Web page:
Frequently Asked Questions About Premises Liability
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Can I Sue an Apartment Complex for Negligent Security?
The property owner can be liable if you suffer injuries because an apartment complex failed to take reasonable measures to keep you safe while on the property or did not take steps to prevent foreseeable assaults or attacks. Georgia law makes landowners responsible to people who get hurt as a result of negligent security.
What Constitutes Negligent Security at an Apartment Complex
If all four of these factors occurred, the apartment complex is liable for injuries from negligent security:
1. The apartment complex owed the plaintiff (injured person) a legal duty of care. The complex has to take reasonable measures to keep the apartment complex and its approaches safe for everyone who is present legally. Approaches include things like sidewalks, parking lots, and garages.
The duty of care applies to the residents, their guests, employees of the apartment, vendors, visitors, and others who are on the premises for a lawful purpose. For example, a letter carrier or meter reader has the protection of Georgia law because they are on the property for a legitimate reason. On the other hand, the landowner has no duty to provide adequate security for a trespasser.
By way of example, an apartment complex employs several maintenance persons who enter the individual units to repair problems that the residents report to the manager. The company has a duty to hire trustworthy people for this job, since the residents are in a vulnerable position when someone goes into their apartments.
2. The apartment complex violated its duty of care. If the apartment failed to provide security for the circumstances, it breached its duty of care. It is negligence when someone fails to meet the requirements of a duty of care.
Someone stole keys from a wall case in the apartment manager’s office. Although she discovered the theft, the manager took no steps to prevent foreseeable harm from this situation, like changing the locks.
A new handyman at the complex stole the keys. The handyman had a criminal record of breaking and entering. The apartment complex did not know about his criminal history because the company did not perform a background check when it hired him.
Also, the company did not have security cameras in the office or anywhere at the complex. Footage from security cameras could have shown who stole the keys and recorded who went into specific apartments.
3. The plaintiff suffered harm because of the apartment’s negligent security.
The handyman used the stolen keys to enter residents’ apartments and steal their valuables. A resident who was home sick for the day surprised the handyman when he came into her bedroom to steal her jewelry. She screamed, and he struck her, knocking her unconscious. She sustained a traumatic brain injury.
The negligent security at the apartment complex caused the harm to the plaintiff. The company is liable to the injured person.
4. Adequate security would have prevented the crime. The complex made multiple mistakes, all of which contributed to the harm the plaintiff experienced. It was foreseeable that someone would use the stolen keys to break into apartments and that someone could get hurt as a result.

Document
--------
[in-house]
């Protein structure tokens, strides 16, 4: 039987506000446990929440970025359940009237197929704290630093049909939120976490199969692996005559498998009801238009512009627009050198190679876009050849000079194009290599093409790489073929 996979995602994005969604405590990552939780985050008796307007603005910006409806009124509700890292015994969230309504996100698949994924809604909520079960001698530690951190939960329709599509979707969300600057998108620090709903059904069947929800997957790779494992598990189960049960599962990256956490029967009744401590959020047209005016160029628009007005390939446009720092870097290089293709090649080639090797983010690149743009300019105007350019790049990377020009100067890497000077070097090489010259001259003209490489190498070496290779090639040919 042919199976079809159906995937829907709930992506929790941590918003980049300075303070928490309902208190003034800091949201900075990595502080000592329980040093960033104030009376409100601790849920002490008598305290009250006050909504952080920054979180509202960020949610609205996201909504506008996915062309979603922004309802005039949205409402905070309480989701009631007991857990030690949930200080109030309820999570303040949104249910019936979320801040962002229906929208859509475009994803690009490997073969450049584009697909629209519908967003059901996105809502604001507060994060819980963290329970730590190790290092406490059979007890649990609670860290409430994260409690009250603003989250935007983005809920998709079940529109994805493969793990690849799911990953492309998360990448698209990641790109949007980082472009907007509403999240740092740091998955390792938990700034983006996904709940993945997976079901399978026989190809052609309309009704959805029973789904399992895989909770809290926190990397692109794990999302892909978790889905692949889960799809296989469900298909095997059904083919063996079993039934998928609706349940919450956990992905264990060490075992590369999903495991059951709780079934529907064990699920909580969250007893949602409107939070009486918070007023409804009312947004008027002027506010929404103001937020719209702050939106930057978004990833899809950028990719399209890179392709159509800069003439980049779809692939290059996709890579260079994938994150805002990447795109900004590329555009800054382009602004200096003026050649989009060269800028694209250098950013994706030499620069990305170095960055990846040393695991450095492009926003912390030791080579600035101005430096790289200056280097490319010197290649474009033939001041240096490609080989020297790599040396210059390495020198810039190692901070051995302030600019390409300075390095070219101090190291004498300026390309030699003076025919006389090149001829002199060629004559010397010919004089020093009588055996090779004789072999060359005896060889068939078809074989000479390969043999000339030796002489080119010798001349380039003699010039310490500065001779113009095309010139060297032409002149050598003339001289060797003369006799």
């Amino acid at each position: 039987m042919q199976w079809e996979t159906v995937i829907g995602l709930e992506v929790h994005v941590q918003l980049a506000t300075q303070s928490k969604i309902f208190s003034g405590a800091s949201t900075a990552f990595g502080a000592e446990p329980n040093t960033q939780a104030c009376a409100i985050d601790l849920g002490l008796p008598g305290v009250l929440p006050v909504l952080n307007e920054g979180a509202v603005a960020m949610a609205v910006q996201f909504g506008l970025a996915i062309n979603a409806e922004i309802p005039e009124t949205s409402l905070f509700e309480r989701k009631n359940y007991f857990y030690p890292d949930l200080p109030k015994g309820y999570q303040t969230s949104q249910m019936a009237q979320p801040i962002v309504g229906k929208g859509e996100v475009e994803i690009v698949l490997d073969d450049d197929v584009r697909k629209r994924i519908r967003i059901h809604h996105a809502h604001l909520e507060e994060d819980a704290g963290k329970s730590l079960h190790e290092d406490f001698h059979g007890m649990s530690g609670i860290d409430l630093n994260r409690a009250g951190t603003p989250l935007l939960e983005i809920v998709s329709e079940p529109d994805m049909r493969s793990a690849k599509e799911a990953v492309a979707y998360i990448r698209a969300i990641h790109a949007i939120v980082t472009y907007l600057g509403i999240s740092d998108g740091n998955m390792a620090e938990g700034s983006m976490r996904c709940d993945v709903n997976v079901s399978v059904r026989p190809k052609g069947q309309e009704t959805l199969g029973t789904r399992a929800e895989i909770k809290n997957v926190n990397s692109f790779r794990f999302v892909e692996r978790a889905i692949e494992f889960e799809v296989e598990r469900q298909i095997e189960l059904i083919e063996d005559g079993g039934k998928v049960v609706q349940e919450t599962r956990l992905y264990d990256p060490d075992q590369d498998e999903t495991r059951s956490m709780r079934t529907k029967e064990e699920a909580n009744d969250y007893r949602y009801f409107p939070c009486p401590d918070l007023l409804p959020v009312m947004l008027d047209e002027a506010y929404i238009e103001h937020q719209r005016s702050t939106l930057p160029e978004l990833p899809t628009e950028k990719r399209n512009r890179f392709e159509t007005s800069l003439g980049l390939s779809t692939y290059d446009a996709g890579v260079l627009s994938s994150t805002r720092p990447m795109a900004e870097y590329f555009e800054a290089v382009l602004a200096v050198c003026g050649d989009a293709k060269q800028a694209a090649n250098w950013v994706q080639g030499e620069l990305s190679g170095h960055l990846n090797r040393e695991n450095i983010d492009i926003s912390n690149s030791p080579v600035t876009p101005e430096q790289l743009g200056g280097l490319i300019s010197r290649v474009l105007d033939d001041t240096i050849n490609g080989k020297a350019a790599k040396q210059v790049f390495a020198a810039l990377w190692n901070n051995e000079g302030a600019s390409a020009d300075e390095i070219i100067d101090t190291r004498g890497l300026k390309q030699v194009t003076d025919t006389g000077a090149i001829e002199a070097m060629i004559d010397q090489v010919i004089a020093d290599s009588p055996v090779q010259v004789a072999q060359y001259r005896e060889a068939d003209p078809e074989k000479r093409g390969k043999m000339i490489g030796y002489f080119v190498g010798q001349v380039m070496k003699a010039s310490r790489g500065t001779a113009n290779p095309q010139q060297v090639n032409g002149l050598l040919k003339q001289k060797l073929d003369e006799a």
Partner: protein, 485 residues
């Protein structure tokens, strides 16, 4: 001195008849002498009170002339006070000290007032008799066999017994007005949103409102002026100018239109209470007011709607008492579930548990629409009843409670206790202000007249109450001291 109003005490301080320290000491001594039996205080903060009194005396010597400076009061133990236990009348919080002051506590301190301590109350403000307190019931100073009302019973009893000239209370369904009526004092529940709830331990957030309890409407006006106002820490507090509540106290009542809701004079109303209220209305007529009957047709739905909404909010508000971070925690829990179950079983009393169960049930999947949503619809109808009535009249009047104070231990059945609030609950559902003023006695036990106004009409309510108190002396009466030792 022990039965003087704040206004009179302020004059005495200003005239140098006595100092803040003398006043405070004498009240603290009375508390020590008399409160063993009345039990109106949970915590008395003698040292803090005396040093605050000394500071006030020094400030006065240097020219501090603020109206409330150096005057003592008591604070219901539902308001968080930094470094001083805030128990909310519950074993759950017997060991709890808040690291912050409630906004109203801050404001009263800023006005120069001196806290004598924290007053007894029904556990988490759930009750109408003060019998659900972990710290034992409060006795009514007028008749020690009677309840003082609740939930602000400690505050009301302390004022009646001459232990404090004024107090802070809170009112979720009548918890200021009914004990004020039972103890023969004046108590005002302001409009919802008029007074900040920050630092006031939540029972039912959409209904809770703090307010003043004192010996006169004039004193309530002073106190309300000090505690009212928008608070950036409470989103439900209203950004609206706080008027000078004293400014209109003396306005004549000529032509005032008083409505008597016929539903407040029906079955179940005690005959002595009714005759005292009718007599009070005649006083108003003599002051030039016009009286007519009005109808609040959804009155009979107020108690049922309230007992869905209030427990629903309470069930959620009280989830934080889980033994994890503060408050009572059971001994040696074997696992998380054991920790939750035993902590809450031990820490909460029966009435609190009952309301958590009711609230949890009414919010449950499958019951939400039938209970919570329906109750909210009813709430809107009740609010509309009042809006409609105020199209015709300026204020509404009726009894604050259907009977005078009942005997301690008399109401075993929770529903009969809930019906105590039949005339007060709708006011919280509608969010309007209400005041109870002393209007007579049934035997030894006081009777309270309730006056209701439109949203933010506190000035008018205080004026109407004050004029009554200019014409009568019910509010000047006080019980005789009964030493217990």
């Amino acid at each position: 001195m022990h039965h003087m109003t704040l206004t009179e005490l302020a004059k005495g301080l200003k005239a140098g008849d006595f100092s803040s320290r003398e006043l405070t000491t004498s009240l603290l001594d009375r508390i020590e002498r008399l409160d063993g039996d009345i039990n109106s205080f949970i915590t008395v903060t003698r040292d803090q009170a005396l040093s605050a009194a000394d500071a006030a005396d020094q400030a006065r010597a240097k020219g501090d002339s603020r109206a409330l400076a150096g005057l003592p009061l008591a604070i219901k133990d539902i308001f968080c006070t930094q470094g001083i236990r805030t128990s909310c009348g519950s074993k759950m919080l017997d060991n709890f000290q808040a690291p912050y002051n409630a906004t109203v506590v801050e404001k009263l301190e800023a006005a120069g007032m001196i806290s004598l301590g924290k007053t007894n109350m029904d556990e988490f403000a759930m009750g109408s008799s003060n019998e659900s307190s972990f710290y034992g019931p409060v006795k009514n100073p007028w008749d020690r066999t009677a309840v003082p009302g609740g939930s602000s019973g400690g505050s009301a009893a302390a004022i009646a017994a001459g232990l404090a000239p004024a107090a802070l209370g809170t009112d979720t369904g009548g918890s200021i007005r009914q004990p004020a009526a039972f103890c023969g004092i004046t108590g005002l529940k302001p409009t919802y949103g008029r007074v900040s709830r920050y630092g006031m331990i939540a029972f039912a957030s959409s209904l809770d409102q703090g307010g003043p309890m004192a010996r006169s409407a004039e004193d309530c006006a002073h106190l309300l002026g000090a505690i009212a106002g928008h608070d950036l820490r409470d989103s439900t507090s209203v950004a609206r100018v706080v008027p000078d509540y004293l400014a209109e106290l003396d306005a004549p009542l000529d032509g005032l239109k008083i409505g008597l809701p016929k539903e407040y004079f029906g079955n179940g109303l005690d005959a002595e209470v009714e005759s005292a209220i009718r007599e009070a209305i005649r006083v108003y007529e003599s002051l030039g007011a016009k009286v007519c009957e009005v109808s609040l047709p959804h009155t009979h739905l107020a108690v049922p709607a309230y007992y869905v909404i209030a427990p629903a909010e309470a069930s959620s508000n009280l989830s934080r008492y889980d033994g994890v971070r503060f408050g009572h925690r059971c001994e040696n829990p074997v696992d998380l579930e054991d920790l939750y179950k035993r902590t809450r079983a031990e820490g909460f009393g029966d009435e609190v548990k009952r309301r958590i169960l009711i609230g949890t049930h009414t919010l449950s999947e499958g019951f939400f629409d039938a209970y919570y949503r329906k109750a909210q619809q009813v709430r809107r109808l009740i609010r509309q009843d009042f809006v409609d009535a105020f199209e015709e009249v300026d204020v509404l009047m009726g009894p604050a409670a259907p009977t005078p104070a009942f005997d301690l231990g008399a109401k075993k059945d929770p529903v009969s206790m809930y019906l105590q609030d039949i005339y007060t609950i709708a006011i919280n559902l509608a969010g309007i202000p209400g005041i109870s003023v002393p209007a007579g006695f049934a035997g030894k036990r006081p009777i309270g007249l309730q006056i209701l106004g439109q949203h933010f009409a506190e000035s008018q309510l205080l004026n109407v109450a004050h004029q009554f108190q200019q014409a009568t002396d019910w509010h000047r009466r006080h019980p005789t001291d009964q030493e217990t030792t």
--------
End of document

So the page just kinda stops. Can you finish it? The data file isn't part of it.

- Even though the manager knew that the maintenance people went into the homes of the residents, putting those residents at risk of harm, the company did not do background checks on these employees. The failure to perform a routine background check including a criminal record check allowed a dangerous person with a criminal record to have access to apartments. Adequate security includes hiring trustworthy people. Running background checks would have prevented this crime.
- Failing to store the keys in a locked place in the office gave the criminal the opportunity to break into apartments. Properly securing the keys would have prevented the crime. It was foreseeable that someone might steal keys that were accessible.
- Failing to take steps to protect the residents from harm upon discovering that someone had stolen keys is negligent security. Changing the locks and warning residents would have prevented the crime. It was foreseeable that someone would use the stolen keys to break into apartments.
- The manager did not install security cameras to deter criminal activity in the office or throughout the apartment complex. Security cameras could have caused the crook to choose not to steal the keys, or have documented who stole the keys so that the manager could call the police with the identity of the thief. It was foreseeable that an apartment complex with no security cameras would be at greater risk of criminal activity.
Getting Legal Help for an Injury from Negligent Security at an Apartment Complex
You can call the Law Office of Jason R. Schultz, PC for help if you got hurt because of negligent security at an apartment complex. We will be happy to talk with you and let you know if you might be eligible for compensation. Call us today at 404-474-0804, to set up your free consultation.
Can I Sue a Mall for Negligent Security?
Landowners in Georgia have to take reasonable steps to prevent foreseeable assaults or attacks and keep people on their premises safe. A mall can be liable to a person who gets hurt because the property owner did not provide adequate security. Premises liability is the type of law that can hold property owners accountable for injuries that happen on their property.
When a Mall is Responsible for Harm from Negligent Security
A property owner may be liable in some cases if someone has been assaulted on their property, in this instance a mall . We have to prove all four of these elements to hold a mall liable for negligent security:
1. The mall owed the injured person a duty of care. The mall has to protect its customers, visitors, guests, employees, vendors, and everyone who is on the property legally. Even if a person is not a customer, the mall must maintain reasonably safe premises and approaches, as long as the person is there for a lawful purpose, such as to make deliveries or read the water meter.